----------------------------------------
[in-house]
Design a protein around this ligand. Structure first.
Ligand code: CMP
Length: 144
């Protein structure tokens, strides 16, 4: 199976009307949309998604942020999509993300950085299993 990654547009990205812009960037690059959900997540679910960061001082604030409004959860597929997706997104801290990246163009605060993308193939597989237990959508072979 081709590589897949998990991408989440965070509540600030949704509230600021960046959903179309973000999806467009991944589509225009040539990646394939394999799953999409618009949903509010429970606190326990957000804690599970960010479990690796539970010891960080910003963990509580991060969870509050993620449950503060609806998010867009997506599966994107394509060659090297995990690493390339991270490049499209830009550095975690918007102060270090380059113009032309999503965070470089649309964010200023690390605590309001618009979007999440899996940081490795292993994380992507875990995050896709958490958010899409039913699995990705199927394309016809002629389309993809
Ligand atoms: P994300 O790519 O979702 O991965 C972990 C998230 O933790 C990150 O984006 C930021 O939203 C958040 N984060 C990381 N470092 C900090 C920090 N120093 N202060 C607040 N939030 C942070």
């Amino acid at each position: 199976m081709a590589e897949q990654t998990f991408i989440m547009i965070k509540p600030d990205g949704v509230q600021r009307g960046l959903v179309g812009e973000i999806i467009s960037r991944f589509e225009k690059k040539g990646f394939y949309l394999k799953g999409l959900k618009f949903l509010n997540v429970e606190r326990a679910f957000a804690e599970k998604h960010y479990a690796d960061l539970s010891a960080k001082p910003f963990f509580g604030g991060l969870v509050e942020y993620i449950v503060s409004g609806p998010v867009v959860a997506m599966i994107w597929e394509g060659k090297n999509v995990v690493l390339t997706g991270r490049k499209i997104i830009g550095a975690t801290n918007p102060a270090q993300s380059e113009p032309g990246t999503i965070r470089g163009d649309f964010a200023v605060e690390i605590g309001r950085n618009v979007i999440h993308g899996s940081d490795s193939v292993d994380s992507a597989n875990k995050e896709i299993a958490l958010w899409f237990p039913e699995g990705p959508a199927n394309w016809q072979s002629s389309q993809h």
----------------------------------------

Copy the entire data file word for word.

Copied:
[in-house]
Design a protein around this ligand. Structure first.
Ligand code: CMP
Length: 144
């Protein structure tokens, strides 16, 4: 199976009307949309998604942020999509993300950085299993 990654547009990205812009960037690059959900997540679910960061001082604030409004959860597929997706997104801290990246163009605060993308193939597989237990959508072979 081709590589897949998990991408989440965070509540600030949704509230600021960046959903179309973000999806467009991944589509225009040539990646394939394999799953999409618009949903509010429970606190326990957000804690599970960010479990690796539970010891960080910003963990509580991060969870509050993620449950503060609806998010867009997506599966994107394509060659090297995990690493390339991270490049499209830009550095975690918007102060270090380059113009032309999503965070470089649309964010200023690390605590309001618009979007999440899996940081490795292993994380992507875990995050896709958490958010899409039913699995990705199927394309016809002629389309993809
Ligand atoms: P994300 O790519 O979702 O991965 C972990 C998230 O933790 C990150 O984006 C930021 O939203 C958040 N984060 C990381 N470092 C900090 C920090 N120093 N202060 C607040 N939030 C942070």
């Amino acid at each position: 199976m081709a590589e897949q990654t998990f991408i989440m547009i965070k509540p600030d990205g949704v509230q600021r009307g960046l959903v179309g812009e973000i999806i467009s960037r991944f589509e225009k690059k040539g990646f394939y949309l394999k799953g999409l959900k618009f949903l509010n997540v429970e606190r326990a679910f957000a804690e599970k998604h960010y479990a690796d960061l539970s010891a960080k001082p910003f963990f509580g604030g991060l969870v509050e942020y993620i449950v503060s409004g609806p998010v867009v959860a997506m599966i994107w597929e394509g060659k090297n999509v995990v690493l390339t997706g991270r490049k499209i997104i830009g550095a975690t801290n918007p102060a270090q993300s380059e113009p032309g990246t999503i965070r470089g163009d649309f964010a200023v605060e690390i605590g309001r950085n618009v979007i999440h993308g899996s940081d490795s193939v292993d994380s992507a597989n875990k995050e896709i299993a958490l958010w899409f237990p039913e699995g990705p959508a199927n394309w016809q072979s002629s389309q993809h």